A Mystery of Delmarva, Part One

April 1, 2008, 11:30 am; posted by
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The Delmarva Peninsula is that little lump of land hanging off the south end of Jersey, or — if you like to avoid Jersey — the southeast end of Pennsylvania. It is thus named because of the three states that claim part of it: Delaware, Maryland, and Virginia. I have spent the last five days in the great state of Delaware and, as penance for writing so sporadically, I hope you will accept a bit of fiction.

This short story bears explanation, however. There is a man down the road from my dear friends who walks around his fields, praying over his sheep, at least once or twice every day, usually in the mid to late afternoon. I was out walking over spring break and was startled when I heard him, but then I had a few ideas…
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It was bearing down on him like a thousand pounds of moist, salty sea air. He knew that he should kneel and let it in but he dared not; not in front of all these people. The respectable men of the town, even the mayor . . . none of them would understand what seemed to be happening in and around him.

A torrent of tempting emotions — a slightly melodramatic way to describe his situation, yes. But those were the words that popped into his writer\’s mind as he closed his eyes so tightly a purple mist of pain spread behind them. What was so tempting, besides the need to speak? To shout? To make his fear known?

His wife could see how he rocked as the leader\’s words made crescendos and diminuendos out of the names of the Lord that only he knew. Safety for all and deliverance from Satan, blessings and outpourings and confirmations of the Spirit . . . oh Father that we may glorify You please be with us in this moment . . . the words were less and less determinable as the prayer went on . . .

And that was the first time the cry burst out of the man\’s lips. It was inhuman; a howl: there was no other description. Five, six, seven, eight seconds, and silence.

The room was still. The instruments had broken off mid-measure — the musicians even were not quite used to this shrill an expression. A few beats and they began again awkwardly, the mood broken.

The man who had shouted — Jaffey was his name — slumped down in his pew, embarrassed beyond belief.
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Jaffey had bought a herd of goats the week before…if two dozen goats were supposed to be called a herd anyway, the wife had remarked. He had been unable to explain the purchase when he came home, but they were well off and she had the children to worry about, and he the farm. So she raised her eyebrows, pointedly mentioned that he\’d have to build a bigger pen, and kept sewing.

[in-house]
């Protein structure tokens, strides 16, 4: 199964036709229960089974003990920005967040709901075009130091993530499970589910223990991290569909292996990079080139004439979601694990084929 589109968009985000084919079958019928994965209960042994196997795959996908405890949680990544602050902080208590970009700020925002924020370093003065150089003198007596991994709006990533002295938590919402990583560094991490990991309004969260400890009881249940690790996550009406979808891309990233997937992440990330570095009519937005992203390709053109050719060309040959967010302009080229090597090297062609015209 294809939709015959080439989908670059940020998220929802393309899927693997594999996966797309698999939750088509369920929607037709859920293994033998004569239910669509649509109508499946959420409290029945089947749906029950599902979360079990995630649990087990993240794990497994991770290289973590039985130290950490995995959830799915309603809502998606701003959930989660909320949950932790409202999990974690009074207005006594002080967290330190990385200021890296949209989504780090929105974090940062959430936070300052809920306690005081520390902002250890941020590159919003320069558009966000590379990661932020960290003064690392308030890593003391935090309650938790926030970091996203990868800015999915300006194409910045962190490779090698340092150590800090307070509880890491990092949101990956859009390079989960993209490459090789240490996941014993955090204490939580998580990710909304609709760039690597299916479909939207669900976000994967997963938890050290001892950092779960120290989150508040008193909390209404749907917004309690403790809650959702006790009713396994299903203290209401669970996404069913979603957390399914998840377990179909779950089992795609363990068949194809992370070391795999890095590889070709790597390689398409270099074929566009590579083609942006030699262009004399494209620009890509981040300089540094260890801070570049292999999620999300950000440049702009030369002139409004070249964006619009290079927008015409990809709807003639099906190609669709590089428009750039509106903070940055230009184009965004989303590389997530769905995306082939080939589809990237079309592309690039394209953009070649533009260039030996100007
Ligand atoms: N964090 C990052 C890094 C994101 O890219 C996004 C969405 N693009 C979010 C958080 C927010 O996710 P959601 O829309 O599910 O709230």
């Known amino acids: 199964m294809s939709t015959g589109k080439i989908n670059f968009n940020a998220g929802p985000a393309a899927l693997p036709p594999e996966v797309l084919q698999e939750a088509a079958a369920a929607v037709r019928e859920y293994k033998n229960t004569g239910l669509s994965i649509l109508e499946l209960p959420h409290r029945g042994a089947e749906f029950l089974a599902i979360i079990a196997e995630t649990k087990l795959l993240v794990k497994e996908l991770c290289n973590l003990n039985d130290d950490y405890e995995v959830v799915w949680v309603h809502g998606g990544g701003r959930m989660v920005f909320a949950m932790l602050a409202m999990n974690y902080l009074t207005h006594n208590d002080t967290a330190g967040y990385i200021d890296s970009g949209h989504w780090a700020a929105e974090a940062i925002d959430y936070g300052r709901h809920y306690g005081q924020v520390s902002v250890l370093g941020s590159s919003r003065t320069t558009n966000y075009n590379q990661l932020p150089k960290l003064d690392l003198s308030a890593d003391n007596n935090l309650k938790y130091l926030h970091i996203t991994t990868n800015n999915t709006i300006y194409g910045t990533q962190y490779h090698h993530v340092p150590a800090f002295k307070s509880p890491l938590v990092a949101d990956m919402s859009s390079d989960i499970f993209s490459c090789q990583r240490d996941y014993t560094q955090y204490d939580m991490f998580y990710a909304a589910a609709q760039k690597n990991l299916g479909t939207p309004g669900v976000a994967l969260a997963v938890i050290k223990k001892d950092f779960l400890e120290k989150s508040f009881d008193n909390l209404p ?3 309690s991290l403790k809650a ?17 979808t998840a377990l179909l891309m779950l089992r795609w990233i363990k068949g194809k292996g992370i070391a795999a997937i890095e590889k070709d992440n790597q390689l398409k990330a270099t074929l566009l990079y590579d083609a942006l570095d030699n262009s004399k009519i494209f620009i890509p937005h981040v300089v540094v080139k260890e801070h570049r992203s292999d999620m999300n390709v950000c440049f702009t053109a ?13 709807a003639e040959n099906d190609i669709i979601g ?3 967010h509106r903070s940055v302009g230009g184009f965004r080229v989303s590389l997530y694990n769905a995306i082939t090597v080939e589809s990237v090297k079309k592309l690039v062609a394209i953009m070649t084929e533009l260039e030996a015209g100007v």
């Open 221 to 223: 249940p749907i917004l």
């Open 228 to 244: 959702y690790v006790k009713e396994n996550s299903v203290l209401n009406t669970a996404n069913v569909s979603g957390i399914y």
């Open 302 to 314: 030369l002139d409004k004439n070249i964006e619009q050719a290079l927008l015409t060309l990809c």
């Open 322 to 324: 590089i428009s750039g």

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It was later that day — the day he bought the goats — that Jaffey was hauling water and his world changed. He dropped the bigger bucket after an awkward placement of his foot on the wet rock and went, cursing, to retrieve it from the fast-moving river. He ran, limping, along the bank until he figured that he was far enough ahead of the bucket, then jumped into the icy water and waited for it to float downstream. He had just caught it in his hands when he noticed the grizzled old woman watching him from the bank.

“H– hello?” Jaffey stuttered, the water making it hard to stand.

“Don\’t let them out of your sight,” the stranger said.

“Let . . . who? What?” Jaffey remained as still as possible, thinking that he had misheard.

“He\’ll come to separate them out — the sheep and the goats. Don\’t let them out of your sight . . . he\’ll come to separate them.”

Thoroughly spooked, Jaffey walked towards the opposite bank. The woman repeated her lines without breaking her nervous, finger-twitching stare. As he climbed out of the river, her voice rose.

“The sheep and the goats. The sheep and the goats! He\’ll come to separate them; the sheep and the goats!” she spoke rhythmically.

“Ma\’am?” Jaffey asked uneasily, not sure what to do. “Are you . . . all right!”

She was frantically murmuring, though the occasional word broke out in a shout. “The SHEEP and the goats he\’ll COME to separate them don\’t let THEM OUT of your SIGHT the sheep and the GOATS the sheep and — LET ME GO!”

Jaffey had grasped her tightly by the shoulder to still her, but she turned on him like a cornered cat, and she indeed had feline intentions. By the time Jaffey lay on the ground, dazed and in pain, she had scratched nearly every square inch of his exposed skin. He could still hear her, though, as she retreated. She called back to him, spitefully.

“Don\’t let them OUT OF YOUR SIGHT!”


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